Friday, October 23, 2020

IT'S A MUSICAL!

 


In 1959, when I was 5 years old, my Uncle Ted took me to see my first Broadway musical – Robert Preston and Barbara Cook in “The Music Man”.  From 1959 through the early 1970s the two of us saw just about every new “age-appropriate” Broadway musical – always a Saturday matinee and always sitting in the front row of the Mezzanine.

I have seen, in addition to traditional Broadway royalty past and present, the Andrew Sisters (2 of them), Lucille Ball, Richard Burton (with and without Elizabeth Taylor), Sammy Davis Jr, Andy Griffith, Monkee Davy Jones, Bette Midler (not as Dolly but as one of Tevye’s daughters), and the original “Match Game” host Gene Rayburn (as Albert Peterson in “Bye Bye Birdie”) on Broadway. 

I saw Barbra Streisand’s Broadway debut, at age 19, in “I Can Get It For You Wholesale” (which starred Elliot Gould, who Streisand would marry) and Liza Minelli’s Broadway debut, also at, I believe, age 19, in “Flora the Red Menace”.  I have seen every Mama Rose except Merman, and I have seen every, I believe, Annie the gun-getter including Merman (in the 1966 revival).

In my 60 years of going to Broadway musicals it is my sincere belief that the greatest and most thoroughly entertaining production number written for a musical is “A Musical” from 2015’s “Something Rotten!”. 

As Wikipedia explains –

Something Rotten! is an original musical comedy with a book by John O'Farrell and Karey Kirkpatrick and music and lyrics by Karey and Wayne Kirkpatrick. Set in 1595, the story follows the Bottom brothers, Nick and Nigel, who struggle to find success in the theatrical world, as they compete with the wild popularity of their contemporary William Shakespeare.”

Sadly “Something Rotten!”, a textbook example of the traditional musical comedy, did not win the Tony for Best Musical (it was nominated for 10 awards but only won one), losing to “Fun Home”, which I did not see, nor want to see.

“Something Rotten” was scheduled as part of the Summer 2020 season at the Forestburgh Playhouse in Forestburgh NY, not far from me (I have seen many shows there since moving to Northeast PA, including Loretta Swit from “M*A*S*H” as “Mame”), but, of course, the pandemic has shut down all live theatre.  Hopefully they will try again next summer.  FYI – next year the Forestburgh will be celebrating 75 years of summer theatre!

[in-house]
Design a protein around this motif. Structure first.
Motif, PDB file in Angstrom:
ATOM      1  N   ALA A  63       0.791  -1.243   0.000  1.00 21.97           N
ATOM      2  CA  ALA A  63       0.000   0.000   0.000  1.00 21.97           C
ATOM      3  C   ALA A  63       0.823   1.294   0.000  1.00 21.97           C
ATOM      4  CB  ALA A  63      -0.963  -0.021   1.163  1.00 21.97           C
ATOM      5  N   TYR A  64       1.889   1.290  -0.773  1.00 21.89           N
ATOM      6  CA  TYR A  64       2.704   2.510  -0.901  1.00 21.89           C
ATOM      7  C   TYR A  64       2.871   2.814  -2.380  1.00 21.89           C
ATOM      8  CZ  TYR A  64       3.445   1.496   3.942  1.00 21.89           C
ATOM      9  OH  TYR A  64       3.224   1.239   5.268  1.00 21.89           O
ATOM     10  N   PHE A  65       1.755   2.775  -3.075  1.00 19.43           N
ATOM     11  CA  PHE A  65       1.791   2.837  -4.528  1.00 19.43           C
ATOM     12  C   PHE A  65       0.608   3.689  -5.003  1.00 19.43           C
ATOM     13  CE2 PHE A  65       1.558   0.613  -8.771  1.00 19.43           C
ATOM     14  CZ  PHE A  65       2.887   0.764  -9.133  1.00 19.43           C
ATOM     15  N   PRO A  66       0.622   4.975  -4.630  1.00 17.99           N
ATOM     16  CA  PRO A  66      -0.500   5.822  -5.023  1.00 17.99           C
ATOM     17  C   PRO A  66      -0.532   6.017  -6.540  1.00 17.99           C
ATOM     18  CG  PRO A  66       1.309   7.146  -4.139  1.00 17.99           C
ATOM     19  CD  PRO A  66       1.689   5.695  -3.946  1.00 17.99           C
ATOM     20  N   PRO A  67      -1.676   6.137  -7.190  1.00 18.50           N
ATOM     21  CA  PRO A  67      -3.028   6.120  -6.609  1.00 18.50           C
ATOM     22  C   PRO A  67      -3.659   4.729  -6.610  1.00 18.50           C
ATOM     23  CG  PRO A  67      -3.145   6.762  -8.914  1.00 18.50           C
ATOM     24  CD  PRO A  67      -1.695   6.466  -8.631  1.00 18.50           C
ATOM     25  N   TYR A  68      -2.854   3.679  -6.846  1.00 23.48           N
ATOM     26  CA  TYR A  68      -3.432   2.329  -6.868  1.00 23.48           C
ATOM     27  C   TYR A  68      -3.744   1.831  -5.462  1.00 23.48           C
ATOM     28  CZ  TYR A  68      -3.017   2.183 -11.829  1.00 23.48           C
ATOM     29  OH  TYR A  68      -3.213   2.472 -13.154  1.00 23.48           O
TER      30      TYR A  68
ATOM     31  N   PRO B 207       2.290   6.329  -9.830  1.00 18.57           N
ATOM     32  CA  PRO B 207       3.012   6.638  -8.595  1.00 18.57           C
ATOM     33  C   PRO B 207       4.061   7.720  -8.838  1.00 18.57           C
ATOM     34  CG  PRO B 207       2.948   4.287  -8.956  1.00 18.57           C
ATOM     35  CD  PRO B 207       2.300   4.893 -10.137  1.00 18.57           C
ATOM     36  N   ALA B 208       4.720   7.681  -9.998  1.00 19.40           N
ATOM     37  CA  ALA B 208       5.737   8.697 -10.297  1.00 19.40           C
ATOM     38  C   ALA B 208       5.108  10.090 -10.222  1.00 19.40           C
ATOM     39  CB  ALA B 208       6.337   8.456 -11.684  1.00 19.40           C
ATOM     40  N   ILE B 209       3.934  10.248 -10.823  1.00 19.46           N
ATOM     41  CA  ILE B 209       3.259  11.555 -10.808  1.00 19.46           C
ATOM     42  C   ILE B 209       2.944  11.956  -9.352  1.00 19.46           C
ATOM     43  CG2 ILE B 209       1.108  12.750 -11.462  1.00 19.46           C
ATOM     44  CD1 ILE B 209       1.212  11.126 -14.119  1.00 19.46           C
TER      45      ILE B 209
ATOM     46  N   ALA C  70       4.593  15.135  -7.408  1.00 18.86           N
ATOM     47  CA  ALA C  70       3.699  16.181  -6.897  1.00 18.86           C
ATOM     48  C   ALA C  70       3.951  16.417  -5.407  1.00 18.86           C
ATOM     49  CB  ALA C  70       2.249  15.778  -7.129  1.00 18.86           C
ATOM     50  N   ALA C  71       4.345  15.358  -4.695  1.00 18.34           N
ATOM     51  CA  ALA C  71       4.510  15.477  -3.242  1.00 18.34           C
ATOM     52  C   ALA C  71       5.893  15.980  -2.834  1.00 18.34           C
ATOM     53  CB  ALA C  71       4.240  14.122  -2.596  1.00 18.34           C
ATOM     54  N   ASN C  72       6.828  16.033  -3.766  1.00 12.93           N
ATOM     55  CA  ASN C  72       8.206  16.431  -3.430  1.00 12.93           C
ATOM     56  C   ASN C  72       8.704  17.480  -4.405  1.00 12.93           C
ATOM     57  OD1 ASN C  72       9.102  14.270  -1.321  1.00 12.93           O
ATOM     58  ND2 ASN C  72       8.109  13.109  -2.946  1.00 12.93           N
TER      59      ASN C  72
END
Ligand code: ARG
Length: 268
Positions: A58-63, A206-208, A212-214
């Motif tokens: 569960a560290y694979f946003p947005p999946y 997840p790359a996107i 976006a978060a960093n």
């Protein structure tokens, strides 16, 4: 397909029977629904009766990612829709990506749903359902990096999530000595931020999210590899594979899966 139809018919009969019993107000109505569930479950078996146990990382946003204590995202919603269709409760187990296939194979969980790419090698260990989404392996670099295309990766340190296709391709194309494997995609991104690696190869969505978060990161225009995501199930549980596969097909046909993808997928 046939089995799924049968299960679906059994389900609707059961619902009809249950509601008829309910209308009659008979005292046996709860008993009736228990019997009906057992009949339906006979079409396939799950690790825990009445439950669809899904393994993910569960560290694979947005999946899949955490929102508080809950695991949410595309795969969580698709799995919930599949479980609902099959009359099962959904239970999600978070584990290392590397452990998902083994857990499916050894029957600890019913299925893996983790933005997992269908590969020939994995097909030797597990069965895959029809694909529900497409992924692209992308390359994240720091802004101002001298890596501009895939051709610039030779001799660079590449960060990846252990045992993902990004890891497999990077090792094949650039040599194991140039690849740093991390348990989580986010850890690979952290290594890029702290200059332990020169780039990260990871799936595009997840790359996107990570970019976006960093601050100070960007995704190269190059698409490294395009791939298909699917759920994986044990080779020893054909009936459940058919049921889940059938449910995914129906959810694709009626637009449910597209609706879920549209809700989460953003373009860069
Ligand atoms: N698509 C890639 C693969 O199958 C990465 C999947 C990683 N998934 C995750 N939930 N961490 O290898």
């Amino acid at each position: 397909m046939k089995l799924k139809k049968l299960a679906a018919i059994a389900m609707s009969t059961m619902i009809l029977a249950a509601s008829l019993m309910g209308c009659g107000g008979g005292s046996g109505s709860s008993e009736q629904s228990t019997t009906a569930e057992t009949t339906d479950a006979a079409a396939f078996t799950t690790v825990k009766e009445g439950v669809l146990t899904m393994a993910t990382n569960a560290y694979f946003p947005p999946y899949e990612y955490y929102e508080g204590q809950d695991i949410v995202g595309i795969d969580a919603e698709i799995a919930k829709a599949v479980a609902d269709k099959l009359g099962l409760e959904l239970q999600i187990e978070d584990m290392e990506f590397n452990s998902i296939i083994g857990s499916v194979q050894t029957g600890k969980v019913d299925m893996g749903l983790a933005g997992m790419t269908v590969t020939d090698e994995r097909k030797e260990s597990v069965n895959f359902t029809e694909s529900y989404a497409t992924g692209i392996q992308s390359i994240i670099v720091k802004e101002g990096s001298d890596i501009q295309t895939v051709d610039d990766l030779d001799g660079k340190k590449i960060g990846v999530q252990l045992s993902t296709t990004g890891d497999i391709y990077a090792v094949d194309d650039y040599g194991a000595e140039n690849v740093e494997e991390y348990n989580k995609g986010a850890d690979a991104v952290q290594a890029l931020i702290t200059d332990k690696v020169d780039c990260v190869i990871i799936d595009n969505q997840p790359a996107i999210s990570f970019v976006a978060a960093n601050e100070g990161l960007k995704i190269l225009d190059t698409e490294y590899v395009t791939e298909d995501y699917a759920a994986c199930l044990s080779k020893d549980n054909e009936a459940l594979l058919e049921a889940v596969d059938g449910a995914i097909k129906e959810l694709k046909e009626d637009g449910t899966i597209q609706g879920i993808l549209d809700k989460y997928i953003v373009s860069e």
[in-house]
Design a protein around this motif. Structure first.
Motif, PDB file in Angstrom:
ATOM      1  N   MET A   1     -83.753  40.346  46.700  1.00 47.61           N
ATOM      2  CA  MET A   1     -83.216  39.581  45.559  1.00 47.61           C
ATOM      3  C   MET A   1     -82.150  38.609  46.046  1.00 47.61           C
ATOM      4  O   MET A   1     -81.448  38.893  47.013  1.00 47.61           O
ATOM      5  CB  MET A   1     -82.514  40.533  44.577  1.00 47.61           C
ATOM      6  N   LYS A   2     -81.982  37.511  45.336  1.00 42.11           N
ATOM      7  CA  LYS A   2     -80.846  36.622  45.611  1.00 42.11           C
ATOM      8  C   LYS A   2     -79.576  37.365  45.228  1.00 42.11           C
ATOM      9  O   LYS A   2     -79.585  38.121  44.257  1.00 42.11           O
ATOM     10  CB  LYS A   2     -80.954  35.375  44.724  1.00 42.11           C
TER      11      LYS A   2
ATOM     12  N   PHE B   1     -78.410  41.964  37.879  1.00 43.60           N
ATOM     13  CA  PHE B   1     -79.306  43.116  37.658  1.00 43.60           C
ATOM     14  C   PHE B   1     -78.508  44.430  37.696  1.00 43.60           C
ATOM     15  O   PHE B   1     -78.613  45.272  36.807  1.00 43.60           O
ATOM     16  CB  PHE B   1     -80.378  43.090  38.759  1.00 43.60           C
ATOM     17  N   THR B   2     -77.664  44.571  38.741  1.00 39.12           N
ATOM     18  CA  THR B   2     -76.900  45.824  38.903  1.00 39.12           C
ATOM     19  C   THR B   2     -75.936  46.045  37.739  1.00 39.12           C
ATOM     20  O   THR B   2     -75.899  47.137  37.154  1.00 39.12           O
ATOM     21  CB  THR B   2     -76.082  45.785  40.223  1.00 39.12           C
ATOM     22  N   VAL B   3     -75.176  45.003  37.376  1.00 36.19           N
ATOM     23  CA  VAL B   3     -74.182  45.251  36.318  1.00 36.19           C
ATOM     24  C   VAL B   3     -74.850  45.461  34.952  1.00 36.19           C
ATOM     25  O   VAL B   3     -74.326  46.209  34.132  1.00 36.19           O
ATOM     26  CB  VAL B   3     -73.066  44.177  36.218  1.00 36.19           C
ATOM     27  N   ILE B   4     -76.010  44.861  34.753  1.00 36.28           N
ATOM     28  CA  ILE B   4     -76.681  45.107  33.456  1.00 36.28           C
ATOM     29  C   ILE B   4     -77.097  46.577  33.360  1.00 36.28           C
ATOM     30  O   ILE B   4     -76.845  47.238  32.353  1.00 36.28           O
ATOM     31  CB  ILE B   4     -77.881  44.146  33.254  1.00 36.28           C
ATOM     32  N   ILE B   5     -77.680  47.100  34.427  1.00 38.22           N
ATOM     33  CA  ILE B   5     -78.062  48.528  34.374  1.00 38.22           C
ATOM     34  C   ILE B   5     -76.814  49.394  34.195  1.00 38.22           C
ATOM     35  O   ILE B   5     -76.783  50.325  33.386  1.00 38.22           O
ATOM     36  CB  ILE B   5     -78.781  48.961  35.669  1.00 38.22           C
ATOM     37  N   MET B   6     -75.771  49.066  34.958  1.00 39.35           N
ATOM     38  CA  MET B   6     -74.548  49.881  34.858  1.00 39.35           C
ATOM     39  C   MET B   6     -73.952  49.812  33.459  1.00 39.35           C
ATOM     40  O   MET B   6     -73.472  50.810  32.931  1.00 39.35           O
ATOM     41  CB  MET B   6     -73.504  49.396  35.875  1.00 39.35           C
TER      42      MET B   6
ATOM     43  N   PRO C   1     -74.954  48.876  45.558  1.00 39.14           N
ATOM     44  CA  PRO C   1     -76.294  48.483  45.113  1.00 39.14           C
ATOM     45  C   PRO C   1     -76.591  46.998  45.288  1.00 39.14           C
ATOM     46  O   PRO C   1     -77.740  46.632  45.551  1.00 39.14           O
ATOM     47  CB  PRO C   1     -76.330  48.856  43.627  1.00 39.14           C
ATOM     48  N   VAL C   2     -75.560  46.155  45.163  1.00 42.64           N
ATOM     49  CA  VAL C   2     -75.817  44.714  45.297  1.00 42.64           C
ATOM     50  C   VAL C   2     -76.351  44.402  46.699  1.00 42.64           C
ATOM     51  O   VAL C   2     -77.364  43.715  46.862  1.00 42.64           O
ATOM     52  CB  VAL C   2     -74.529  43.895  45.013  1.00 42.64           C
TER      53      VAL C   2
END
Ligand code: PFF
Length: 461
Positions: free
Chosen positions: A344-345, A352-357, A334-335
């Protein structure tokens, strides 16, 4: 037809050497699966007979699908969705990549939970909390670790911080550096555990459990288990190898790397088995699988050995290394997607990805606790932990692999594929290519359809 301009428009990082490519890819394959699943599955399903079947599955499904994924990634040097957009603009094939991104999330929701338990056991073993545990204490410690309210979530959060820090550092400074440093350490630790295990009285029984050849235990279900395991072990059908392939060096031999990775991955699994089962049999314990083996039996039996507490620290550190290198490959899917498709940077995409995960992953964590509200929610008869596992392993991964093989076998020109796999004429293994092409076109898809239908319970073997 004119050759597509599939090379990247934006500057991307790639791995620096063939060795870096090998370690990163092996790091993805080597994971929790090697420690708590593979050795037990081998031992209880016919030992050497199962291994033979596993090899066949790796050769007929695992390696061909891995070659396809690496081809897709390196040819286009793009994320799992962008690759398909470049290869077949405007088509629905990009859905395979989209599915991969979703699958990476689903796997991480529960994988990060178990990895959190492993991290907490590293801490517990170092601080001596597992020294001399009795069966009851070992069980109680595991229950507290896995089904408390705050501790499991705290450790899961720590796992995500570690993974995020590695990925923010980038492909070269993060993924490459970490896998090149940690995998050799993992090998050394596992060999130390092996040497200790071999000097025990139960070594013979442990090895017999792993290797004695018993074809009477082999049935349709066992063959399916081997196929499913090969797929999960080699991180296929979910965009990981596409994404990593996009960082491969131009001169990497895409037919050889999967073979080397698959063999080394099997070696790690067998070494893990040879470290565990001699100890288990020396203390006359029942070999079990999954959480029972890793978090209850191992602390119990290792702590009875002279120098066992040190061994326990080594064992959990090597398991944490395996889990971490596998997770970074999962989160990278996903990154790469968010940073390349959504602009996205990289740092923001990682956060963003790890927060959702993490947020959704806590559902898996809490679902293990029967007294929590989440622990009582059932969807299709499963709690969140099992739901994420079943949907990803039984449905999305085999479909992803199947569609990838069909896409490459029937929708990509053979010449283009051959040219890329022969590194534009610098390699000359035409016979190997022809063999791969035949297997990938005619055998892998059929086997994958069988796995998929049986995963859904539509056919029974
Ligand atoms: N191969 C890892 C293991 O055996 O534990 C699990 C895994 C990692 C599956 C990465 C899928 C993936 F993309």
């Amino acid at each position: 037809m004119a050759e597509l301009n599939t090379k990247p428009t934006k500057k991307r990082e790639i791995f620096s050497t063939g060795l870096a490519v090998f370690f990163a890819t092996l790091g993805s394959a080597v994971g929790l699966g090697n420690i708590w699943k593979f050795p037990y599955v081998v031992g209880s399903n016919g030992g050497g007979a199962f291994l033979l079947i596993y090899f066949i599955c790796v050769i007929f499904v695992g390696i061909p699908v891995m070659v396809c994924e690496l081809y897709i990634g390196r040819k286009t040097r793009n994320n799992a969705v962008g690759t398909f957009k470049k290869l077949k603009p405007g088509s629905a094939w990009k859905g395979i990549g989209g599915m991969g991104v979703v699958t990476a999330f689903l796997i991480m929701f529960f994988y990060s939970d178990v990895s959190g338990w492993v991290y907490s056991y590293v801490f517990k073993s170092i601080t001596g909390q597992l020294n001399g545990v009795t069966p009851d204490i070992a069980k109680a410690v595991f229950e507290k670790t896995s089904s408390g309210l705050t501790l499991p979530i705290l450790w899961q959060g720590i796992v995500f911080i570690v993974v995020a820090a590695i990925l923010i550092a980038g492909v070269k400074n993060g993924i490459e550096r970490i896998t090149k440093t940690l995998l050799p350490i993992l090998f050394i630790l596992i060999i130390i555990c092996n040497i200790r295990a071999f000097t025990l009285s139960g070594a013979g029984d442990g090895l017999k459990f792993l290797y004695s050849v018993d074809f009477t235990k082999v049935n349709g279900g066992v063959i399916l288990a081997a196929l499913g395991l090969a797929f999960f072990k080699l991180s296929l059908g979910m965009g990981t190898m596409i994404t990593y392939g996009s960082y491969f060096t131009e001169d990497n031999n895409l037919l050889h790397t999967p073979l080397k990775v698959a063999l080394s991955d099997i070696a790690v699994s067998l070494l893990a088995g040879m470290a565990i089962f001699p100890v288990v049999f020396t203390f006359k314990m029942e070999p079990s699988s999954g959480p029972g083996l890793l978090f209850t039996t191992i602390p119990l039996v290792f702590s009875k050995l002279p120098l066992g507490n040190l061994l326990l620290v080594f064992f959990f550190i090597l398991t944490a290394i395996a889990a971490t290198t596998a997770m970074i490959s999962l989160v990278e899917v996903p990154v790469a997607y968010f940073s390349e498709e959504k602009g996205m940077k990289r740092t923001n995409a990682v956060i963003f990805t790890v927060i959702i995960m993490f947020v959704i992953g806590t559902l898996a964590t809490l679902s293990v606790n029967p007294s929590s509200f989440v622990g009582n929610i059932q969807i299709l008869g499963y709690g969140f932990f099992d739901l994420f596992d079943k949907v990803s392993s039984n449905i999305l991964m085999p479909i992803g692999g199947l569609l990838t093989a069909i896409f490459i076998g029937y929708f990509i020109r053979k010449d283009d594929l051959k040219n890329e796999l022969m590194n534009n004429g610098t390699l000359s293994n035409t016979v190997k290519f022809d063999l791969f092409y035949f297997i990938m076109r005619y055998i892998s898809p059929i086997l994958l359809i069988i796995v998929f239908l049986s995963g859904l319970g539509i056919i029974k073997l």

Listen to this recording of “A Musical” from the original cast album – click here – and try to identify all the references in the lyrics and music to previous Broadway musicals.

And when things get back to normal, if “Something Rotten” plays at a regional or local theatre near you do go and see it – you will not be disappointed.

BFN











Friday, October 16, 2020

STARS IN THE HOUSE


I have Sirius XM radio in my car.  There are a multitude of station choices, but I listen to only four – ‘60s on 6, Classic Vinyl, Siriusly Sinatra, and On Broadway.

The other day On Broadway host Seth Rudetsky mentioned “Stars in the House”, a daily live-streamed series of “music, community and education” he and husband James Wesley created when the pandemic caused the shut-down of Broadway theatres in March to support The Actors Fund and its programs.  Those who watch live shows can interact with the guests in real time. 

Viewers are asked to donate to The Actors Fund, and the series has so-far raised about $530,000 for the charity.  As the “Stars in the House” website explains - 

The Actors Fund is a national human services organization that fosters stability and resiliency, and provides a safety net for performing arts and entertainment professionals over their lifespan. Through offices in New York, Los Angeles and Chicago, The Fund serves everyone in film, theater, television, music, opera, radio and dance with programs including social services and emergency financial assistance, health care and insurance counseling, housing, and secondary employment and training services.” 

Guests on the series have included Andrew Lloyd Webber, John Lithgow, Jason Alexander, Kristen Chenoweth, Audra McDonald, Tina Fey and many other Broadway actors, writers, composers, and directors. 

I recently watched a “Knots Landing” reunion episode with Joan Van Ark, Ted Shackelford, Donna Mills, Michele Lee, and show creator David Jacobs, and a visit from singer Liz Callaway, that first “aired” on October 9th. 

BTW – I saw Michele Lee co-starring with tv’s “The White Shadow” Ken Howard on Broadway in the Michael Bennett, Cy Coleman and Dorothy Fields musical “Seesaw”, an adaptation of “Two for the Seesaw”, back in 1973.  The show also featured Tommy Tune in the unforgettable production number “It’s Not Where You Start (but where you finish)”.

Past episodes of the series have included other tv and Broadway cast reunions.  

Seth and James have also created a “spin-off” series of play readings by Broadway actors called “Plays in the House”, and Seth hosts the online “Seth Concert Series”. 

BFN